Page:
But this is more like a Brooklyn gym, with a mix of people in it, and I can’t make up my mind if I’m more uncomfortable being judged by the men or by the women. Or both. Or neither.

You can’t get in shape staying at home, I know. I don’t want to be out of shape anymore, especially as the ongoing march of age will not stop or even slow down. I’m happy that somewhere in my body there is a memory of what “in shape” feels like, & looks like for me, so I will try to shut out the embarrassment I feel and pedal on.

19 Comments on To Erma Bombeck, With Love

  1. JudeTheNew says:

    don’t lose faith. your endurance and speed *will* improve, and faster than you think. I lose my cycling muscles sometimes, and they do come back after I get back out there. and, basically, Congradulations on getting back to the gym. I’ll send energy your way, hope that helps. And thanks for that tidbit on Curves, I didn’t know they were pro-life. Hm.
    Later.

  2. caprice says:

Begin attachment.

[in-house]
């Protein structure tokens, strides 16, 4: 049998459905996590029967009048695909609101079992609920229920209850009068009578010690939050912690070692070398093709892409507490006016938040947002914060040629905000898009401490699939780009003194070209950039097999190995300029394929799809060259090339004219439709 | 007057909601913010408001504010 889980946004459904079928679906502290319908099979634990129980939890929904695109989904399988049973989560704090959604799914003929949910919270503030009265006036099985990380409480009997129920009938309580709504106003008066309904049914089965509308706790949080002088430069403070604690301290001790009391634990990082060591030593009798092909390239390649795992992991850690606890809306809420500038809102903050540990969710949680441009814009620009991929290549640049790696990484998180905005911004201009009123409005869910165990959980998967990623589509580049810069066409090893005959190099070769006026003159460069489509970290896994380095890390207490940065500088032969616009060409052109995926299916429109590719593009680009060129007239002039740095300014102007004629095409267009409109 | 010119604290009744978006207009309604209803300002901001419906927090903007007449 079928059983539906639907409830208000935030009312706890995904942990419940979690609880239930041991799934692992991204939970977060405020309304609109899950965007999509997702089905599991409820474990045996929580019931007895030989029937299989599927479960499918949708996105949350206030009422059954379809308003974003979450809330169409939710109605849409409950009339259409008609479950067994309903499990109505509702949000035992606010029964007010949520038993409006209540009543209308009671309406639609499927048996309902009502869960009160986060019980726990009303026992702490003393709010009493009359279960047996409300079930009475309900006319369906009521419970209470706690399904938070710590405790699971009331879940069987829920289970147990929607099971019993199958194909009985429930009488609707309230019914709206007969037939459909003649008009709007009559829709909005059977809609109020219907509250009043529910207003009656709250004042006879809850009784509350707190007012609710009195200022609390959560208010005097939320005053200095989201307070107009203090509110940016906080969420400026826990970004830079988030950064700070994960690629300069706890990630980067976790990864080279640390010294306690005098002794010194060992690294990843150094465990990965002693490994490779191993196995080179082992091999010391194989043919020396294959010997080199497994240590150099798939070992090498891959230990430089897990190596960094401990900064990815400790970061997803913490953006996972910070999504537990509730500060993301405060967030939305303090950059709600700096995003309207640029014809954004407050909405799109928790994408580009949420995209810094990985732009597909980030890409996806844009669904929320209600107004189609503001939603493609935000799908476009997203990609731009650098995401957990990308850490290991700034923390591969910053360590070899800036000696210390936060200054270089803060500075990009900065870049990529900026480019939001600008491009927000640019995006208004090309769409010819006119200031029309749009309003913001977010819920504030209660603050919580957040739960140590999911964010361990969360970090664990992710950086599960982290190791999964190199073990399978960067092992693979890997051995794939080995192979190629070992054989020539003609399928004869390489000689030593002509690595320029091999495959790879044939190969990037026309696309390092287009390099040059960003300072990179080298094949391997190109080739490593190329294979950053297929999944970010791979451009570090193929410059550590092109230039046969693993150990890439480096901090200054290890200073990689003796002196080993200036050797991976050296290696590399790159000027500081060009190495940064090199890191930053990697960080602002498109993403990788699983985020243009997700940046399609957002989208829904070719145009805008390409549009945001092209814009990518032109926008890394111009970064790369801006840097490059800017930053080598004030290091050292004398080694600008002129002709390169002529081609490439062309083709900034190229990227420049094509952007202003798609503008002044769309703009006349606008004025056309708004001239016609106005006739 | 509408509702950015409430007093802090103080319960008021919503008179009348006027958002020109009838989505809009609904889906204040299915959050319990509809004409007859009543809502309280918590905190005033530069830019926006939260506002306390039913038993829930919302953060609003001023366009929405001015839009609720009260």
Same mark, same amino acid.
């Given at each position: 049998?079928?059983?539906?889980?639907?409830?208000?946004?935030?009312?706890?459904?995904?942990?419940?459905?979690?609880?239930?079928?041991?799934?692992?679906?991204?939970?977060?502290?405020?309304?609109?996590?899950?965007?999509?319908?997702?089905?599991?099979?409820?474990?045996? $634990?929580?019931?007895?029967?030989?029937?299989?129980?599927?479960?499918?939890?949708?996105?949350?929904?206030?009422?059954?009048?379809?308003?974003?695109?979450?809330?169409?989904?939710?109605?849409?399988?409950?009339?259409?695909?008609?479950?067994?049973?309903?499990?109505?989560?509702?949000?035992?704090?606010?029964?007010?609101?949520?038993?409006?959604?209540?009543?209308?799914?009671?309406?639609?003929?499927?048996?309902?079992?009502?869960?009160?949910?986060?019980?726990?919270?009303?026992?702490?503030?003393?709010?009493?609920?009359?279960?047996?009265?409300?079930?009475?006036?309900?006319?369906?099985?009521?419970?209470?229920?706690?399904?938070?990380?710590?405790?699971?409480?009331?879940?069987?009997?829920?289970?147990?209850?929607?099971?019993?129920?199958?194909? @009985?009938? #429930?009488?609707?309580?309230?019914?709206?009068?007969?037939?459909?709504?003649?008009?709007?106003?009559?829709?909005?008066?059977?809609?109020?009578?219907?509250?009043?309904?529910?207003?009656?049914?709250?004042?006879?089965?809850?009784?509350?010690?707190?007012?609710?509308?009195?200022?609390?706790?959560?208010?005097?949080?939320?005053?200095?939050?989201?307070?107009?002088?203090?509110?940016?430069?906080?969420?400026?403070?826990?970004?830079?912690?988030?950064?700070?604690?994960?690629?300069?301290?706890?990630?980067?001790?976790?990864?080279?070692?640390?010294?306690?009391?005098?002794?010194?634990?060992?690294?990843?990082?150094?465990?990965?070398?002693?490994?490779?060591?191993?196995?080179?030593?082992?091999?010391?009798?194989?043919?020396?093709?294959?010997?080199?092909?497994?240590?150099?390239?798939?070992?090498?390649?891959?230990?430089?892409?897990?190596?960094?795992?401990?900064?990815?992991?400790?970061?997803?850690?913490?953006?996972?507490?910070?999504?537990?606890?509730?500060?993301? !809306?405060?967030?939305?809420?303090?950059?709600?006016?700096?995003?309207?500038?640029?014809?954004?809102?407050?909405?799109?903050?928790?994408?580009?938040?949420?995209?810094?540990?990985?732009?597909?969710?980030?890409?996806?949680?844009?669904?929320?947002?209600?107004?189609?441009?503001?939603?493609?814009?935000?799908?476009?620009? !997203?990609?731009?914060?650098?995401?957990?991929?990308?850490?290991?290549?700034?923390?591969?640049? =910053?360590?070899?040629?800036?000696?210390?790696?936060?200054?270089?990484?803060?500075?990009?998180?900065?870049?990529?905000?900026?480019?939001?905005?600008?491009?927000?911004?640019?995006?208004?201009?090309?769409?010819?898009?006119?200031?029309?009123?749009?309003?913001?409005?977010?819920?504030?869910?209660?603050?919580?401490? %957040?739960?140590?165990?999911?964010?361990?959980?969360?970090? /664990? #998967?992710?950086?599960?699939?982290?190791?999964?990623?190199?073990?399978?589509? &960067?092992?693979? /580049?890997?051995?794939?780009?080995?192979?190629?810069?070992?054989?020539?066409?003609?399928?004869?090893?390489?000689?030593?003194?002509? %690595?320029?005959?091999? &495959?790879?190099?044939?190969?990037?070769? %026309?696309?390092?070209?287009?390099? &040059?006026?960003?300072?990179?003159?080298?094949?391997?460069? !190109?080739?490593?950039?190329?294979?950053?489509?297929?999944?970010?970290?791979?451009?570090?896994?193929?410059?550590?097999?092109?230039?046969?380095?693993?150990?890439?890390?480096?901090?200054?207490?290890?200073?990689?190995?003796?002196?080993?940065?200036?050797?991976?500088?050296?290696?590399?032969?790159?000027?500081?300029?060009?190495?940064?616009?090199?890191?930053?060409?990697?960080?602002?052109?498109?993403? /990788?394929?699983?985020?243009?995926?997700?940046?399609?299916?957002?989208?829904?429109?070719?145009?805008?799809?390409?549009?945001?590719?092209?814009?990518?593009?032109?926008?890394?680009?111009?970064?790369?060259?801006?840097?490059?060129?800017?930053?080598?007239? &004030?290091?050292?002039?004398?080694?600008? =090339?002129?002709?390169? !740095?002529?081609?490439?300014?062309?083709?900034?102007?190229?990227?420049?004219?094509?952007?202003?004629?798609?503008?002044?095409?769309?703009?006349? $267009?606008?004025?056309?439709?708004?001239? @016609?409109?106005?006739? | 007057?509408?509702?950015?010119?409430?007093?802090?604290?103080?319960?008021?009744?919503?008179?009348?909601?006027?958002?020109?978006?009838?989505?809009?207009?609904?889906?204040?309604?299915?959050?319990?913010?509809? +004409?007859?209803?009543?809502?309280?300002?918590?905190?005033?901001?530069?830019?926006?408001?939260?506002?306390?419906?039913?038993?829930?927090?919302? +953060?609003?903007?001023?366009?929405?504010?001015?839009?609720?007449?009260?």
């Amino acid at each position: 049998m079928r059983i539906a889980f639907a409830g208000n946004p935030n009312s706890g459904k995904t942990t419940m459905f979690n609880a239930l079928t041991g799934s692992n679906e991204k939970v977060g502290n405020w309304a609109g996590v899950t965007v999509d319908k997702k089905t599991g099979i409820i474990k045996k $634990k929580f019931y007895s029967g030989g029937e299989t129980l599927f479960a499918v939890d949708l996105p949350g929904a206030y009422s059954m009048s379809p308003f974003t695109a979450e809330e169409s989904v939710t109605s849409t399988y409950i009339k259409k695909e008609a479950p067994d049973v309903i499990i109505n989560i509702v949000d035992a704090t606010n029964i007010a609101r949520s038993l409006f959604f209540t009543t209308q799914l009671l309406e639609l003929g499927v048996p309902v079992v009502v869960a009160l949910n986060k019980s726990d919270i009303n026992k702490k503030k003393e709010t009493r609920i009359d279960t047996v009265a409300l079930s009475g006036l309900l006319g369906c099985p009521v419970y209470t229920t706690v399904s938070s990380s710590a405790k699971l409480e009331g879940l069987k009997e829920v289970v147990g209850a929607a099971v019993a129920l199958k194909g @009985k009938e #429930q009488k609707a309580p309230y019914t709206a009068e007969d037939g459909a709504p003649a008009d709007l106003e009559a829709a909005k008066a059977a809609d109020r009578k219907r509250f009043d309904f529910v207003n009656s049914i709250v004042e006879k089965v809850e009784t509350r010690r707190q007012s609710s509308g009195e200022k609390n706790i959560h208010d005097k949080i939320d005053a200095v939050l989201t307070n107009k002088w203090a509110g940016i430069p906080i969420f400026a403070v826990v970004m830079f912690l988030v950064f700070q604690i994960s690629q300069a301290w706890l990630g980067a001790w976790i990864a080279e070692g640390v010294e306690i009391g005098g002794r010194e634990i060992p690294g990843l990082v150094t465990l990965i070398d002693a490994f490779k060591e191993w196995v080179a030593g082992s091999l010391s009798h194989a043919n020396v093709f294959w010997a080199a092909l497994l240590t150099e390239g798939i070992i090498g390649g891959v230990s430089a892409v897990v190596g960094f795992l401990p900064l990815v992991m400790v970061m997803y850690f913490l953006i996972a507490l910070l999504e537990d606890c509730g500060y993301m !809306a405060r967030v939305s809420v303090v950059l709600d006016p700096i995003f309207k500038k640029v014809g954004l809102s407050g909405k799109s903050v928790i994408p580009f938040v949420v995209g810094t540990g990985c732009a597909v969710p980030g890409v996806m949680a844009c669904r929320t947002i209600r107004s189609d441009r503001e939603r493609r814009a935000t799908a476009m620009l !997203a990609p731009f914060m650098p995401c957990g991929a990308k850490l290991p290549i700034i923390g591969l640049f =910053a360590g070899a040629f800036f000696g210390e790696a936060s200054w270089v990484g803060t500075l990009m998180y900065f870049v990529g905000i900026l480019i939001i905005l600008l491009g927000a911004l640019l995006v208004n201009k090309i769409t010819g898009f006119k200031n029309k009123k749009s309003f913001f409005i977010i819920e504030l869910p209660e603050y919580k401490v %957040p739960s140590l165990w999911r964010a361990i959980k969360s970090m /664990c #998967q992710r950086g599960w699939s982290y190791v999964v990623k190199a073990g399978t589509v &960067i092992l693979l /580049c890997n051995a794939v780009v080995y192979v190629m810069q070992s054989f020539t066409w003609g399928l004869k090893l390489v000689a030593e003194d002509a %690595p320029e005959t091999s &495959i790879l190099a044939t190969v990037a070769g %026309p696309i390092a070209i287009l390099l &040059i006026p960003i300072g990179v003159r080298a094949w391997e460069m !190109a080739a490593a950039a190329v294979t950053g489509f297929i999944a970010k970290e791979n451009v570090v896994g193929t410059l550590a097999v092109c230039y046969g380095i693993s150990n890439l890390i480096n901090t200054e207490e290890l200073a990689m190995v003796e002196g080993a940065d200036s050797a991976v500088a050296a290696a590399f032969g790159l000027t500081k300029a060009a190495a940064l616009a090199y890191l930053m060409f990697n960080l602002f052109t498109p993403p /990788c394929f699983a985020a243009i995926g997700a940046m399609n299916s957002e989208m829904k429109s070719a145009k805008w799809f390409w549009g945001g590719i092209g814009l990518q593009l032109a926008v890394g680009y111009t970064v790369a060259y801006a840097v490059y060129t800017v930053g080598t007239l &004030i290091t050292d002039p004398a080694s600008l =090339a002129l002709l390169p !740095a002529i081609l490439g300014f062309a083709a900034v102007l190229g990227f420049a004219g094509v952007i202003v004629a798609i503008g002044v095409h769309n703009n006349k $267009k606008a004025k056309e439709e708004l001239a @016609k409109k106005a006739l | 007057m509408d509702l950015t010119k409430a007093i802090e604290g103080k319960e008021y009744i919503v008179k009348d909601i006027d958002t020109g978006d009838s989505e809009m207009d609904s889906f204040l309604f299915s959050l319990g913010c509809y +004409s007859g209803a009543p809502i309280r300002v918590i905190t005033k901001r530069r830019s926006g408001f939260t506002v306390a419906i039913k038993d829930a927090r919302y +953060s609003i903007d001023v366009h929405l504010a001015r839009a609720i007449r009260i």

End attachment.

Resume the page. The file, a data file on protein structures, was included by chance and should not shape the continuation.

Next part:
Yes, pedal on. I’ve found it can take a month or so of nearly daily work for my cardio vascular system to noticably respond, if I’ve been off for some time. But it does come around eventually.

  3. joanne says:

    All of what you said. Every bit of it.

  4. As someone in his early 40s who’s regularly going to a gym for the first time since being forced to in high school (and who spent 20 years as a smoker), I understand your gym woes.

  5. marci says:

    Anyone who’s used an exercise appliance with a calorie counter on it knows you don’t burn much calories for all the effort you expend, but unfortunately the only way to lose weight is to take in less than you expend. Which means the average person who doesn’t spend any or much time in the gym needs to average 1500 calories a day if she wants to lose weight. If you do this, you’ll shed 50 pounds within 6 mos to a year. I lost 30 lbs in 3 months. This included fasting for 24 hrs. once a week. If you fall off this wagon, the weight just piles back on faster than you can say Dairy Queen. The reason? It’s evolutionary. It’s a biological/visible signal to the opposite sex that your reproductive contributions (eggs or sperm) are past prime. Bottom line? 1500 calories for an adult bon vivant is torturous. Working out is torturous. It’s bloody torturous to go against evolution. But that’s why God invented muumuus, is it not?

  6. As a 40something male who’s making his first ever inroads to getting fit, I commiserate. But keep it up – we both know the benefits are waiting down the road…

  7. helenboyd says:

    hey, thanks everyone. i forgot to add one other piece of the puzzle: betty, who eats what she wants & drinks what she wants & never gains a damn pound. it’s very hard to live with that.